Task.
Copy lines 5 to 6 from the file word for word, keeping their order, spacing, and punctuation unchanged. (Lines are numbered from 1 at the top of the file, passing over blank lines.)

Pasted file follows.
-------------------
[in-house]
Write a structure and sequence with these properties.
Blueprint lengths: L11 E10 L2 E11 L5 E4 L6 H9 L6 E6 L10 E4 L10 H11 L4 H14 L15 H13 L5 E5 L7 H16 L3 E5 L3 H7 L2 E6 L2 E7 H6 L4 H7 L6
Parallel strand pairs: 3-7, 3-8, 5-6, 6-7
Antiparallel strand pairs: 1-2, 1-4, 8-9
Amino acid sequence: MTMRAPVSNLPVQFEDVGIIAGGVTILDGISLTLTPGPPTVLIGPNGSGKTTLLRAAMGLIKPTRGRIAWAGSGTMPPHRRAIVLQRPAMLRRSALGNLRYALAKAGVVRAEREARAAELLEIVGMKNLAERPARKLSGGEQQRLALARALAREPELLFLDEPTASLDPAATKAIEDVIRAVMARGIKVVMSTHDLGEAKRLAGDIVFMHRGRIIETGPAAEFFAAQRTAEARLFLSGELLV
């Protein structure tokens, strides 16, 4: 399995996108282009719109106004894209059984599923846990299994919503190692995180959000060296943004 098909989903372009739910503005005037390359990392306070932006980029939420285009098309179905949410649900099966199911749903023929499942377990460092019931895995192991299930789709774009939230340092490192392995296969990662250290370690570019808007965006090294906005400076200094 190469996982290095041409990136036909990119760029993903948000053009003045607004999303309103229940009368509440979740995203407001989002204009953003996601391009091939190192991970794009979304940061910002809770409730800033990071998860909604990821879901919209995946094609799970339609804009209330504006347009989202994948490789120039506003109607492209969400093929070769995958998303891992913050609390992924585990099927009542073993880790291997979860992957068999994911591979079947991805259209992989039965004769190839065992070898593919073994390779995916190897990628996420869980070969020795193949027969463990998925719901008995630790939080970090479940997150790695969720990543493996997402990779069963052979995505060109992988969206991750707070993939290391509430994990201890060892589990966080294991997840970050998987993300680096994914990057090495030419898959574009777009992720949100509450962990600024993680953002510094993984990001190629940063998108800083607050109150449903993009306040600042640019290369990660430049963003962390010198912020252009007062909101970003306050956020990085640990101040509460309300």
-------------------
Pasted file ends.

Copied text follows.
Antiparallel strand pairs: 1-2, 1-4, 8-9
Amino acid sequence: MTMRAPVSNLPVQFEDVGIIAGGVTILDGISLTLTPGPPTVLIGPNGSGKTTLLRAAMGLIKPTRGRIAWAGSGTMPPHRRAIVLQRPAMLRRSALGNLRYALAKAGVVRAEREARAAELLEIVGMKNLAERPARKLSGGEQQRLALARALAREPELLFLDEPTASLDPAATKAIEDVIRAVMARGIKVVMSTHDLGEAKRLAGDIVFMHRGRIIETGPAAEFFAAQRTAEARLFLSGELLV